Clay Giberson last crossed my radar playing with the Upper Room Trio on last year's well-received Cycling . His current release, Aiming True, Volume 1, is a solo piano excursion into moody, nocturnal climes. Is this jazz? Is this New Age? Does this belong on Hearts of Space ? Affirmative to all three. Labels are not important when the music performed is this finely crafted. Giberson is a careful composer, never wasting notes or harmonies. His playing shimmers with quiet originality and sophistication.
The compositions are tastefully short and devoid of the standard excesses that often plague this type of piano performance. "Meditation #1," "Meditation #2," and "Meditation #3" all possess a striking ambiance of dusk and meditation. Each meditation ripples over subtle changes in timbre and beat. Mr. Giberson coaxes many different colors from a given note, displaying an acutely soft piano touch. "Hello Song" possesses the beautifully improvised qualities of surprise and careful cunning. Prayer is a soulful musing with a relaxing, enriching quality.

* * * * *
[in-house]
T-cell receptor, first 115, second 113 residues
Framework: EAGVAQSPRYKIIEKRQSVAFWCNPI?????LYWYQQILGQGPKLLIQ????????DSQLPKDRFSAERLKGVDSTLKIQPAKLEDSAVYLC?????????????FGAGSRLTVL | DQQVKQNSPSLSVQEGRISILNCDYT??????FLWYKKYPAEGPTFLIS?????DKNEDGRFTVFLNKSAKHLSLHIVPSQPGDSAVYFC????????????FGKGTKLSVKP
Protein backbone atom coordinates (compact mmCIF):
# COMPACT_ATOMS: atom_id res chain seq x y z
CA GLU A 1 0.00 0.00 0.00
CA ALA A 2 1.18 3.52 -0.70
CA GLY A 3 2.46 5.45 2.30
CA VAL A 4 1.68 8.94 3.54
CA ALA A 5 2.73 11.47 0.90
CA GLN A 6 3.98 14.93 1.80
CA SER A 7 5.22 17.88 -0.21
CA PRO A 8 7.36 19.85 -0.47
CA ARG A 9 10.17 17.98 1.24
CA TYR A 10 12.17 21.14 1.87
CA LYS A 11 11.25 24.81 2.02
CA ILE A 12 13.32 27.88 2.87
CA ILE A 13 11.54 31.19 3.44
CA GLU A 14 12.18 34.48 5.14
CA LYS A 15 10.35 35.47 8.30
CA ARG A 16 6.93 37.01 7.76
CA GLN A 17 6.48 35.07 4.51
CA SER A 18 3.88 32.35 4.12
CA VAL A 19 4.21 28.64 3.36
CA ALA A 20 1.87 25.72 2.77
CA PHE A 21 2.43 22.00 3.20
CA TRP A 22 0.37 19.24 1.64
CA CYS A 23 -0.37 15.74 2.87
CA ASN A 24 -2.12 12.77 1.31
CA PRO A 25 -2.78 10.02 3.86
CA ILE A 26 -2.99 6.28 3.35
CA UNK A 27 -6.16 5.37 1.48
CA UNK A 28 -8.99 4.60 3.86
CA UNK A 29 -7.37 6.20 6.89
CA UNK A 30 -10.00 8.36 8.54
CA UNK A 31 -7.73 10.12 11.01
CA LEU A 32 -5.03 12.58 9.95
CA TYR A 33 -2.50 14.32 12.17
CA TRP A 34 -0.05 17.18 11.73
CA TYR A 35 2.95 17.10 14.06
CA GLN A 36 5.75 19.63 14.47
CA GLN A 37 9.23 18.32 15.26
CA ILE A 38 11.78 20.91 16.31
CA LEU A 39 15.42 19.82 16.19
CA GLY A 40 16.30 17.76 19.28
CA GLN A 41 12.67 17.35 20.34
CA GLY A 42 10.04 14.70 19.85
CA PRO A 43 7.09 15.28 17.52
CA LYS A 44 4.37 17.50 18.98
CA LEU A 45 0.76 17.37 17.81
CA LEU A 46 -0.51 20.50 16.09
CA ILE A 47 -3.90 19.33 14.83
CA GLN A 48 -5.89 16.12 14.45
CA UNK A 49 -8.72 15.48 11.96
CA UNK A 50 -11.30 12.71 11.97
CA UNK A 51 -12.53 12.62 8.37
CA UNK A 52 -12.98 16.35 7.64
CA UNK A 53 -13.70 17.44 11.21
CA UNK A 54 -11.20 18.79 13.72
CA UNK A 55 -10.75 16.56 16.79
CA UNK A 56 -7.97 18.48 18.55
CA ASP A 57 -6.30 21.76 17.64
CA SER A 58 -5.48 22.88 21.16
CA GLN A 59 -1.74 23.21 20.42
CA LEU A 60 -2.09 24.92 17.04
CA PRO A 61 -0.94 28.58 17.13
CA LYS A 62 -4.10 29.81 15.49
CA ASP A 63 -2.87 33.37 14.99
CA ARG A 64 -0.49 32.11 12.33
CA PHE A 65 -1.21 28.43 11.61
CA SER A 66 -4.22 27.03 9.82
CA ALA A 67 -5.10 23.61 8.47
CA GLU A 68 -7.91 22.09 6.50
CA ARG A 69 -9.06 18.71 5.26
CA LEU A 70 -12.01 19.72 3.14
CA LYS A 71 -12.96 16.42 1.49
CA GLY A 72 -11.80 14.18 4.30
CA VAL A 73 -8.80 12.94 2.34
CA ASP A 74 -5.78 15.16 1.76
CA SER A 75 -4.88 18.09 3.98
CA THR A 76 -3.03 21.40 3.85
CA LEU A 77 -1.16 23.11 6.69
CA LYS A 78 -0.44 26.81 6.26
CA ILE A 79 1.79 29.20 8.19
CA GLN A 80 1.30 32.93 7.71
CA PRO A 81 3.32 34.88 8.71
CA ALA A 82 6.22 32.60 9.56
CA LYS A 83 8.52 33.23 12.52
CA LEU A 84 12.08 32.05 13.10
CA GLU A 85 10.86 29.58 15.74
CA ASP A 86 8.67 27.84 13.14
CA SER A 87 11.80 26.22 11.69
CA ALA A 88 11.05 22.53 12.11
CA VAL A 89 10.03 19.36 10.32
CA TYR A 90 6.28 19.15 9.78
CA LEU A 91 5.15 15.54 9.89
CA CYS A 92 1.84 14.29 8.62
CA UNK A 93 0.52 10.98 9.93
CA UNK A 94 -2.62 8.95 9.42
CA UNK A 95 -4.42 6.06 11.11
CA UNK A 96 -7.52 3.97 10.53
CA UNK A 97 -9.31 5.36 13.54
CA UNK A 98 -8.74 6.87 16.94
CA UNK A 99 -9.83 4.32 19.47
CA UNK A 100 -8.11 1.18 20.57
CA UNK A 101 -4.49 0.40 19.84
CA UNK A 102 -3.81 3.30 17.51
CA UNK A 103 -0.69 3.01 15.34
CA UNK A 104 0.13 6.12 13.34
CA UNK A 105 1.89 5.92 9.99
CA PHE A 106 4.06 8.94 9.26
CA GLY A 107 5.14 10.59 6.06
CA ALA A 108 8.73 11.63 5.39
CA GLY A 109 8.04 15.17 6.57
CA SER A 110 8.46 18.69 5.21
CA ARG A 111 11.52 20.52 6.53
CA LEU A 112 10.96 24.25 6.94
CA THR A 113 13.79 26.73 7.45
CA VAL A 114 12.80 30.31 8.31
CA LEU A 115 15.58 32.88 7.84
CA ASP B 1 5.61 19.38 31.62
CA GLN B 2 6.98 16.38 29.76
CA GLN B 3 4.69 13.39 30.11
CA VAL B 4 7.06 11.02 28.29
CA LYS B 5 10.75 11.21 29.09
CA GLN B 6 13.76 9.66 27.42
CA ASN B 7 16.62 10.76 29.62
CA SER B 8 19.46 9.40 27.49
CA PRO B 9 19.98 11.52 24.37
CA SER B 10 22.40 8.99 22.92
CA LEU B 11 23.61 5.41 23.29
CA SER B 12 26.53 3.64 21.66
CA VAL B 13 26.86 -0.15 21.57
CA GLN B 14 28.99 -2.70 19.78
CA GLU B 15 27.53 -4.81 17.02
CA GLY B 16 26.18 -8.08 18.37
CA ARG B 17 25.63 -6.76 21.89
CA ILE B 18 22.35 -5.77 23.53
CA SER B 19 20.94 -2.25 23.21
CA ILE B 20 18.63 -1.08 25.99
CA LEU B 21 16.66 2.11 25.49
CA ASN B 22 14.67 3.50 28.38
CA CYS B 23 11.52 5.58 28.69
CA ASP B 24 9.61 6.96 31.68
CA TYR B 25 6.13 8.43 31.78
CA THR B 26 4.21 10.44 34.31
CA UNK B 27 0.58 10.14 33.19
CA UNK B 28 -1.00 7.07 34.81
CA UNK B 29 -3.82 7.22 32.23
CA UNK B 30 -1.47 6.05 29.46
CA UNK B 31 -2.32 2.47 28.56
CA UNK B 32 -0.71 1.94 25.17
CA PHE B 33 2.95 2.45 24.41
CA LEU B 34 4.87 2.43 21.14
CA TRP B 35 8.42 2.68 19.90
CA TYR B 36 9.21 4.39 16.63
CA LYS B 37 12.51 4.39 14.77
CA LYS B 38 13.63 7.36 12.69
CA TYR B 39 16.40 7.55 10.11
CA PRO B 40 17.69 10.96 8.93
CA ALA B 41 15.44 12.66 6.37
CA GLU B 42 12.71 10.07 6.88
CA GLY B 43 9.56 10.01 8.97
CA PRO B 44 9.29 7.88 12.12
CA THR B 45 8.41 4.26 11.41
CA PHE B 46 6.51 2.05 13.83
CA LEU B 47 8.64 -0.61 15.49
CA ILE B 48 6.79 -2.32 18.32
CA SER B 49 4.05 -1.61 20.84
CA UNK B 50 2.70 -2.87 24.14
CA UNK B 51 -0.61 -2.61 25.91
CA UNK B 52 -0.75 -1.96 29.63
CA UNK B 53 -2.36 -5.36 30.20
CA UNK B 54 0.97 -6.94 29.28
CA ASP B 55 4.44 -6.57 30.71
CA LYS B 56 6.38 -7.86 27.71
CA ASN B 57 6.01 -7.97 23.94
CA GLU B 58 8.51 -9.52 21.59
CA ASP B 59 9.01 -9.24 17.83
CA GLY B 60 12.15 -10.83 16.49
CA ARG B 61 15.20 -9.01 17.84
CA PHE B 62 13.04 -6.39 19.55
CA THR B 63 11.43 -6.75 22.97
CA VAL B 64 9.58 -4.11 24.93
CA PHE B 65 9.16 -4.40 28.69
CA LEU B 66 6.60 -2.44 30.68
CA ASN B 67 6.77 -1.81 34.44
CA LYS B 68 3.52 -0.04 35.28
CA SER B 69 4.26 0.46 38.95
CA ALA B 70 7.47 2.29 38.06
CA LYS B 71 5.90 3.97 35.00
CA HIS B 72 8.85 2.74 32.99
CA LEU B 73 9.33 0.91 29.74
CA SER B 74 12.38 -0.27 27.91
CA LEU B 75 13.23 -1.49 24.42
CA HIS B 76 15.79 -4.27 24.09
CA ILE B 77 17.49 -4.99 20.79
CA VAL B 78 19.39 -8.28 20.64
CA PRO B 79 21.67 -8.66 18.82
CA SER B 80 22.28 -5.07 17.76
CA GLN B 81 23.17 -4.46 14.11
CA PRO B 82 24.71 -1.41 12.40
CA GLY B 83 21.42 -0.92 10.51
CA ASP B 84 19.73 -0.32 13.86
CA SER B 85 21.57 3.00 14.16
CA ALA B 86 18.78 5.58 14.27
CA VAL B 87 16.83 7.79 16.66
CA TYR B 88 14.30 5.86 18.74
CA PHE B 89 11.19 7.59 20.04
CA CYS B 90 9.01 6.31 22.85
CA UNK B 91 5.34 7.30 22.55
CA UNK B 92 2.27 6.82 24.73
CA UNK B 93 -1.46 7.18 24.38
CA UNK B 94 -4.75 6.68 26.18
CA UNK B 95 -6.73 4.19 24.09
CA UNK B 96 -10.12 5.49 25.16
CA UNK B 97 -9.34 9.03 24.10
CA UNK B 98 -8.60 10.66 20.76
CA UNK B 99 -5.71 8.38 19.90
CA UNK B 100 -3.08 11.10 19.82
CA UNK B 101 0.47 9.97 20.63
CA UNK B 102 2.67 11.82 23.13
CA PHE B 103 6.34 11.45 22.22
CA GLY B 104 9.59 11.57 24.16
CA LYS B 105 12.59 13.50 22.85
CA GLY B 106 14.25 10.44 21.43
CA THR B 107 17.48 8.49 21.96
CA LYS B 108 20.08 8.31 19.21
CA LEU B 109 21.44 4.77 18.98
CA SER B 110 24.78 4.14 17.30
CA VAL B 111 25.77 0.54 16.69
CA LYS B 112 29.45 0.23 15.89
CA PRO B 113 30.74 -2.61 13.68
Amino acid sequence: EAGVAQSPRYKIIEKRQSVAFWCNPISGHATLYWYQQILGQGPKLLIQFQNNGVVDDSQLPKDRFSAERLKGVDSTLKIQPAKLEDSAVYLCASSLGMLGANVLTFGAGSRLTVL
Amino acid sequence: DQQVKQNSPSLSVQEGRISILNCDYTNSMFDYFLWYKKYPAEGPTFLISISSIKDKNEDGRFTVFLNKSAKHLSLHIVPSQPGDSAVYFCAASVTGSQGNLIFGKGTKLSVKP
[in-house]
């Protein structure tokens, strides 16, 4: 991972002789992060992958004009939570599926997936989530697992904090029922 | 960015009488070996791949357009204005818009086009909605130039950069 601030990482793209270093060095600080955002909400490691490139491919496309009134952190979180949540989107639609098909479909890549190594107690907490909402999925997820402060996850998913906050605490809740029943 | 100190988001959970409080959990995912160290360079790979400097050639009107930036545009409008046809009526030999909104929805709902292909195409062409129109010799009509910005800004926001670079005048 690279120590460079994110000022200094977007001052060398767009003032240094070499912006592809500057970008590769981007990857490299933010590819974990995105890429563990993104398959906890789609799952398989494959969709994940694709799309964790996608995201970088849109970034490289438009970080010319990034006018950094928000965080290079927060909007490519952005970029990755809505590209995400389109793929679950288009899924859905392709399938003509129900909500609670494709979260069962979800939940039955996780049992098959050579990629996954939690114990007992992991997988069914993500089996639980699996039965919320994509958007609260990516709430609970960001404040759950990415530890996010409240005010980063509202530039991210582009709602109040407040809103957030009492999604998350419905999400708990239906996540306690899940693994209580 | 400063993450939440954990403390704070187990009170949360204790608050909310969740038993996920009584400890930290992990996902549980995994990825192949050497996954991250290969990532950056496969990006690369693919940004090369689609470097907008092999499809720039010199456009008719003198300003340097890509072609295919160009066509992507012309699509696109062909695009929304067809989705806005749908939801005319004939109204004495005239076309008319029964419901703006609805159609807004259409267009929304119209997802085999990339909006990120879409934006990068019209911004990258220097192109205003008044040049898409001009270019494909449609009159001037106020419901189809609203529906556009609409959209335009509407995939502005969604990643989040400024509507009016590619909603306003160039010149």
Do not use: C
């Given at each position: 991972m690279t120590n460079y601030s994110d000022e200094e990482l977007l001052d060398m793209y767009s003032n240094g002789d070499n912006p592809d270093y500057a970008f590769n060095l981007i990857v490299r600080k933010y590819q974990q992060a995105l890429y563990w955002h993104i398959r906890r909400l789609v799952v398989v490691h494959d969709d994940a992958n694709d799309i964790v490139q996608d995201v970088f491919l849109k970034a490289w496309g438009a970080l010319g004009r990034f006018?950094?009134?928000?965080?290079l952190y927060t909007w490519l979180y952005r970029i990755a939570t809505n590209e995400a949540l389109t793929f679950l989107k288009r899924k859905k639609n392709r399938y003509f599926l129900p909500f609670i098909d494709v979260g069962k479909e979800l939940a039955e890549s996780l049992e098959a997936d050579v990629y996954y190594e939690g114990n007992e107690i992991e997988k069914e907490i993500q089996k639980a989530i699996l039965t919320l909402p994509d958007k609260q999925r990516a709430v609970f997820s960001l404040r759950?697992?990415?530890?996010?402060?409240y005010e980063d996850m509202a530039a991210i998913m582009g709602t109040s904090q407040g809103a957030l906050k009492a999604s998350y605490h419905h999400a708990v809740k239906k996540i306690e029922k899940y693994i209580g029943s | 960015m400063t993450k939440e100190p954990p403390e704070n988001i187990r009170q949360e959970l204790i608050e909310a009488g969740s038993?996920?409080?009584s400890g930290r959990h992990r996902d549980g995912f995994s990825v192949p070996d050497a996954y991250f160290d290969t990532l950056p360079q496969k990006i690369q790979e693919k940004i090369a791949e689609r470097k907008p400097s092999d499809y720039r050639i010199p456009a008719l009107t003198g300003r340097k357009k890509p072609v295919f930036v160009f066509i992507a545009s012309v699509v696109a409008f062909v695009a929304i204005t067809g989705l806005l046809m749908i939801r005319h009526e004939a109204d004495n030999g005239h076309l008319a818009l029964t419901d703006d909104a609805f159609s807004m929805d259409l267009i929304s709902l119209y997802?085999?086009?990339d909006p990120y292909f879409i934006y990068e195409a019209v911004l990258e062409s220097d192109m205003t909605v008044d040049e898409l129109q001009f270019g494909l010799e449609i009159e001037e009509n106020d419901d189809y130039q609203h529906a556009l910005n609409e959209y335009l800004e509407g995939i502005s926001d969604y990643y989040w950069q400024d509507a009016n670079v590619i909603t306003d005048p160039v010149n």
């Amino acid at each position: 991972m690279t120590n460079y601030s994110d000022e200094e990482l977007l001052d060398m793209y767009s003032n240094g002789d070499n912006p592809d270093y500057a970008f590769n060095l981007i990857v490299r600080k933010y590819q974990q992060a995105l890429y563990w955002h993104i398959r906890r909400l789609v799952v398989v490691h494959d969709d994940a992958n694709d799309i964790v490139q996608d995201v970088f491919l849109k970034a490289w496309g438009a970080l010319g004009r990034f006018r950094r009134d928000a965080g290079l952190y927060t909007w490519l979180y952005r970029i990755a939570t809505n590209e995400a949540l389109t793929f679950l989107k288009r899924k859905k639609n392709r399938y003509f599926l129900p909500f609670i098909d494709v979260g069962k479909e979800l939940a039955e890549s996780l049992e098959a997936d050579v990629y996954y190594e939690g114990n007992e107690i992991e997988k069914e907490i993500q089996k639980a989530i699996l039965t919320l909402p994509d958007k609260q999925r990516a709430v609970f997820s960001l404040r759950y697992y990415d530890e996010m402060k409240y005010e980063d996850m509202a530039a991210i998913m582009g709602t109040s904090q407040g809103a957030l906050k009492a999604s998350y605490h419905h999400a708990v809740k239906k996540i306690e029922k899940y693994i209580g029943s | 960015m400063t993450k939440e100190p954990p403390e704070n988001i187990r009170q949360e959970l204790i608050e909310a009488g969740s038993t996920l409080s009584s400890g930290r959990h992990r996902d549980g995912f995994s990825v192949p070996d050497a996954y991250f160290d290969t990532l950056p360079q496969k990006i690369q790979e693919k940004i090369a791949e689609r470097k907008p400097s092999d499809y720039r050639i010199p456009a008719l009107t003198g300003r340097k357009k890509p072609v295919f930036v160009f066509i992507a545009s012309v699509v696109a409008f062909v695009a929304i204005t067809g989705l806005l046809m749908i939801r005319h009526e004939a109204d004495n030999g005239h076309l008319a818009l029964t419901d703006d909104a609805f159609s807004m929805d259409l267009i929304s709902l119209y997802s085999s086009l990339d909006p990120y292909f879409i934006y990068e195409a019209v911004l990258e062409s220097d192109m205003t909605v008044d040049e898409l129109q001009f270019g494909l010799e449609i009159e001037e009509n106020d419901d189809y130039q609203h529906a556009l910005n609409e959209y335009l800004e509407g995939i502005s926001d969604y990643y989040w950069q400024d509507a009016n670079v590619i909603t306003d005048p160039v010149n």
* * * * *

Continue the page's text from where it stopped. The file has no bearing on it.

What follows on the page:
Overall, Aiming True is a collection of nocturnes best enjoyed with a snifter of brandy late at night. I hope that the "Volume 1" is not a ploy, as this is very fine listening music.
I love jazz because it is in my blood. It is the only original American art form. It is sacred. The greatest musicians are jazz artists.
I was first exposed to jazz in 1961 listening to my father's records of Duke Ellington, Billy Strayhorn, Count Basie, Nat King Cole, Ben Webster, Coleman Hawkins, Lester Young.
I met Sonny Stitt, Wayne Shorter, Branford Marsalis, Joey Calderazzo, Michael Brecker, Cannonball Adderley, Walter Booker, Dave Liebman, Joe Lovano, George Benson, Mike
Stern, Stanley Turrentine, Billy Harper, Skip Hadden, Charlie Haden.
The best show I ever attended was Joe Lovano with Soundprints at the Wexner Center in Columbus Ohio in 2014.
The first jazz record I bought was Miles Smiles.